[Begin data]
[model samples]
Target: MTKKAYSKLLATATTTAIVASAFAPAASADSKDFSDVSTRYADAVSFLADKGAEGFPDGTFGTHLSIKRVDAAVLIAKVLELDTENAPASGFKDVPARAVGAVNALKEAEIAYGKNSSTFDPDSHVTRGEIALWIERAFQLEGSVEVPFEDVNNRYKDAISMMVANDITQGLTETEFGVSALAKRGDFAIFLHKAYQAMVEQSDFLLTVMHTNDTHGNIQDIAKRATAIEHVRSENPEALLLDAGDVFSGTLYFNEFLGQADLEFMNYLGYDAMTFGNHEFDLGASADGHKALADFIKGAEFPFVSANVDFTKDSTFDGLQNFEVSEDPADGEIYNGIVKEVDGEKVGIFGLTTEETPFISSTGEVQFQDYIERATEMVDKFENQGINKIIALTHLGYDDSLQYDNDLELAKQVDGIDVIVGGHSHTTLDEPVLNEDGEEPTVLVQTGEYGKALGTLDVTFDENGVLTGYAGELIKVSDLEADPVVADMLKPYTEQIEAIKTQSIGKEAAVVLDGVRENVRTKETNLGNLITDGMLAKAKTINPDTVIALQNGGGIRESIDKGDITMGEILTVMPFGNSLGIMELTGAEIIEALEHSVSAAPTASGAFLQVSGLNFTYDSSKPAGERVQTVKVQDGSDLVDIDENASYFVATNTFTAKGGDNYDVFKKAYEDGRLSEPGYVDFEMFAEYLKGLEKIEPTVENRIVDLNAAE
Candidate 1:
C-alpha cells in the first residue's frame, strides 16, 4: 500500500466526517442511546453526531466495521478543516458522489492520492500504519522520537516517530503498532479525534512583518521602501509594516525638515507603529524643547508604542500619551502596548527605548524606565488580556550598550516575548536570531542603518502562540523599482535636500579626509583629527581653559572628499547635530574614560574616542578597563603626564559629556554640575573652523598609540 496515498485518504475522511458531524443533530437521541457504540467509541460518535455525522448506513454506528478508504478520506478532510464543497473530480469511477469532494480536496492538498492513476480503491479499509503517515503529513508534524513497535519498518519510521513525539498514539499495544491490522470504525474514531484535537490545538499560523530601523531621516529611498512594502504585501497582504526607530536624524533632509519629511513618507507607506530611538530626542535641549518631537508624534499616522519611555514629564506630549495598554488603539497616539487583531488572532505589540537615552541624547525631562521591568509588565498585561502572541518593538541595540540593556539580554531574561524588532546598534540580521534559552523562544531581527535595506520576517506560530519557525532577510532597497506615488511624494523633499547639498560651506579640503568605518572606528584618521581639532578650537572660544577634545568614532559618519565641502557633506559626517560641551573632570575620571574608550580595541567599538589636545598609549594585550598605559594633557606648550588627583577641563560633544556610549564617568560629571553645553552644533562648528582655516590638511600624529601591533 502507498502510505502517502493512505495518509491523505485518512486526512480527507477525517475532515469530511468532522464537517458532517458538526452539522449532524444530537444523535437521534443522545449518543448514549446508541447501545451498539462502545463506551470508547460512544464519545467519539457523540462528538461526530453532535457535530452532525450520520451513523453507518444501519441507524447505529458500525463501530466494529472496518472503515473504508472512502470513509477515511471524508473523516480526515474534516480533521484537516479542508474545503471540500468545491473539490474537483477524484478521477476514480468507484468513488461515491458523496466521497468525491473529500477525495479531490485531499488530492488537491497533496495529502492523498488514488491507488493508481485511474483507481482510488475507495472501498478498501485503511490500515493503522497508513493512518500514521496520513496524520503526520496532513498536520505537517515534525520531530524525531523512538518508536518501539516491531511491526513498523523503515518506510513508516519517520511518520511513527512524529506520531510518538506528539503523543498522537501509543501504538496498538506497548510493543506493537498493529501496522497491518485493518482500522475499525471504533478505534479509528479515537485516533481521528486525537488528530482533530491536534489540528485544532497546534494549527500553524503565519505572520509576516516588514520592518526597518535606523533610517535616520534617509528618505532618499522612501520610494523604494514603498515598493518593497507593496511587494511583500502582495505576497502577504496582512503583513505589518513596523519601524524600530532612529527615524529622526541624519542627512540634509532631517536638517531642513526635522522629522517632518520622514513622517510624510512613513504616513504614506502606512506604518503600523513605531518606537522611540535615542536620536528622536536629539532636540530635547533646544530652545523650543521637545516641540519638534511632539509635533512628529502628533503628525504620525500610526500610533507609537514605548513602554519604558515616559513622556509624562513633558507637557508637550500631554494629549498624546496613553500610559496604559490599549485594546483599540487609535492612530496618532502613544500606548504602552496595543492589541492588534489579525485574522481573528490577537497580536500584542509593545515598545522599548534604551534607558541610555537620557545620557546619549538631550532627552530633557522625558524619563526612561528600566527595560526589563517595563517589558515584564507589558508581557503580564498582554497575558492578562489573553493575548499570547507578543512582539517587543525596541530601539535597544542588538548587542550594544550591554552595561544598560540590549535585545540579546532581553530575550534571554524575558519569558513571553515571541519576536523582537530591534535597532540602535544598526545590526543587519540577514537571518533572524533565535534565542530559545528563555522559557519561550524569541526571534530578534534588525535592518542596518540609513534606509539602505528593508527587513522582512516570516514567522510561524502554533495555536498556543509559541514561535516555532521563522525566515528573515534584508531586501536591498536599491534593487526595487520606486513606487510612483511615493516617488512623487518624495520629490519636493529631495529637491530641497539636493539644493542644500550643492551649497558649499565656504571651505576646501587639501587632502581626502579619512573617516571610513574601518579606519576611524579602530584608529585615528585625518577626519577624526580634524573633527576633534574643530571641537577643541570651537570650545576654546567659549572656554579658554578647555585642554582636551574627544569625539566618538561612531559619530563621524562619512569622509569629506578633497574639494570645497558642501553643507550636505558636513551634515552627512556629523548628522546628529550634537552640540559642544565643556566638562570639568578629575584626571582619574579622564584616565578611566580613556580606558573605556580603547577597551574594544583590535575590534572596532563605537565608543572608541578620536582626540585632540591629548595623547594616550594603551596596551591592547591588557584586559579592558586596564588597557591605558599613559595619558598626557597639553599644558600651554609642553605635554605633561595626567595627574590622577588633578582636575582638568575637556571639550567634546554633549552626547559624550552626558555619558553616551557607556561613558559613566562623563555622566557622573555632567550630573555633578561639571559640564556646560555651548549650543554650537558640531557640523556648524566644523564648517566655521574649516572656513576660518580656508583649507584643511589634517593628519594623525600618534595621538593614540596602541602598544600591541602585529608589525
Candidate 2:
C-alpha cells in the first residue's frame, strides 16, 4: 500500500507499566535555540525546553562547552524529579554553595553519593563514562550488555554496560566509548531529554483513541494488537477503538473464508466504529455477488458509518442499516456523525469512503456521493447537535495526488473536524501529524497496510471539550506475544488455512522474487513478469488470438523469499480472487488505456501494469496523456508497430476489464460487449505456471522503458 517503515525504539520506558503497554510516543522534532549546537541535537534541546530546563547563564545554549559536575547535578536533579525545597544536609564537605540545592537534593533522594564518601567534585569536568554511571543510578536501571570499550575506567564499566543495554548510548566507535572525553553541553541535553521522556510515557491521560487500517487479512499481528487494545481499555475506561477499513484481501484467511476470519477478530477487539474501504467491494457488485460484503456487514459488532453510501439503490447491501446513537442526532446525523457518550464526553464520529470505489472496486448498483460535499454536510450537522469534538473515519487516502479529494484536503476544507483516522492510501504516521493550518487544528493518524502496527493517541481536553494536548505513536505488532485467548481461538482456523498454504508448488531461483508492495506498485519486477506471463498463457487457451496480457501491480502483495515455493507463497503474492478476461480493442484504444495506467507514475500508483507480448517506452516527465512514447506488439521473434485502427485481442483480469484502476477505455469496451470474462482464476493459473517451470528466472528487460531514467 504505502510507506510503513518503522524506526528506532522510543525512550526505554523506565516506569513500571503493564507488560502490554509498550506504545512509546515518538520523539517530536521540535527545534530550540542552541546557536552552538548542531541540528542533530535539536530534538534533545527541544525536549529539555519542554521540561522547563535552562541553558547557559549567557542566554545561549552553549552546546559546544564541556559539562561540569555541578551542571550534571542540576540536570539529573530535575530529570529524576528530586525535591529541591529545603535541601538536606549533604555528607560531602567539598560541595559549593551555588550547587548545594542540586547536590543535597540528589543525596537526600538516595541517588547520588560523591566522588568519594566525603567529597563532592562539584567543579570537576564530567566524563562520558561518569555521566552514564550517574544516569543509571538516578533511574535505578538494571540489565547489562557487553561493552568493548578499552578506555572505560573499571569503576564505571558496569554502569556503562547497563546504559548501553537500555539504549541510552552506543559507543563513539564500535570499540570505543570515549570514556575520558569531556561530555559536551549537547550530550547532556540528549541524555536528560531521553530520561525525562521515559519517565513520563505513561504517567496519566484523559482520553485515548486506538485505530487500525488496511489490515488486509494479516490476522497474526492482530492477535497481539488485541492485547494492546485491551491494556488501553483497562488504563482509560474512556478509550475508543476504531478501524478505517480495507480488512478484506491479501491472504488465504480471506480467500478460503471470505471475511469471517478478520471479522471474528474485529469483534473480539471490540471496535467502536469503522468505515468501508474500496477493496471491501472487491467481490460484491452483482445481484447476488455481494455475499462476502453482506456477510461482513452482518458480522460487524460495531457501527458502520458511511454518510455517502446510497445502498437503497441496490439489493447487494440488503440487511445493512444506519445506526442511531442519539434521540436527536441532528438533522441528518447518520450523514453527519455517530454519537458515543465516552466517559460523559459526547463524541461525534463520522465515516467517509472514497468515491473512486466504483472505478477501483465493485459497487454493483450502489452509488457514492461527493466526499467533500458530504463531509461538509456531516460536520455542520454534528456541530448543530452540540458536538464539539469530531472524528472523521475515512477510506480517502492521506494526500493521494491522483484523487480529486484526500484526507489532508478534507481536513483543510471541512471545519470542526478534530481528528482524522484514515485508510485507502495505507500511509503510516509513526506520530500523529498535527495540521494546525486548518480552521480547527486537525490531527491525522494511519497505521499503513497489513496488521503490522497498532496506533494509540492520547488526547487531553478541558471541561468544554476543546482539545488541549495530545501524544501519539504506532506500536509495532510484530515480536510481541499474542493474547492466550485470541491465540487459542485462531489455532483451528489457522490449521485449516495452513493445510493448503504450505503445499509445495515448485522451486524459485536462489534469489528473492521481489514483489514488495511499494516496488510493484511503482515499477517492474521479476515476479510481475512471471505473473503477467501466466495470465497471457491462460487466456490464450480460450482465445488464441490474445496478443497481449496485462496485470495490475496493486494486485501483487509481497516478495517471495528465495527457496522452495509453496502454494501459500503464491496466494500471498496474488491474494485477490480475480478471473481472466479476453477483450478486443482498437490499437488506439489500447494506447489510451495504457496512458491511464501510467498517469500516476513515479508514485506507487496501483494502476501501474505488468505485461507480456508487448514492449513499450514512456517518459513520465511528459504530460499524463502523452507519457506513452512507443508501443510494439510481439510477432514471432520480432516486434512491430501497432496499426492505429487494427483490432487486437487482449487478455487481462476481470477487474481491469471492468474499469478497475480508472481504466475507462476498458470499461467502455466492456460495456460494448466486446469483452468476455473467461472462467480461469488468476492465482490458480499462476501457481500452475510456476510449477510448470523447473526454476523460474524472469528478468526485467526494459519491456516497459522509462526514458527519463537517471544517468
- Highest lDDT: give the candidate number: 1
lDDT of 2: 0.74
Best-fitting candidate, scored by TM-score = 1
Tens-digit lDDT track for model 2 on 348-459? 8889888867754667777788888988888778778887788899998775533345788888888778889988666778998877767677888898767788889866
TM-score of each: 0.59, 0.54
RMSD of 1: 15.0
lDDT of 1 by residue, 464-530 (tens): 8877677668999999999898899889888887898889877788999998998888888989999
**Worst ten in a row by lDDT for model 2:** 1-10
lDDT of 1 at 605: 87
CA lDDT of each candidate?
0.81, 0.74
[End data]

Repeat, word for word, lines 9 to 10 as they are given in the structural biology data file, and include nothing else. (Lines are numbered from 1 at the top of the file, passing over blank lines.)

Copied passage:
Best-fitting candidate, scored by TM-score = 1
Tens-digit lDDT track for model 2 on 348-459? 8889888867754667777788888988888778778887788899998775533345788888888778889988666778998877767677888898767788889866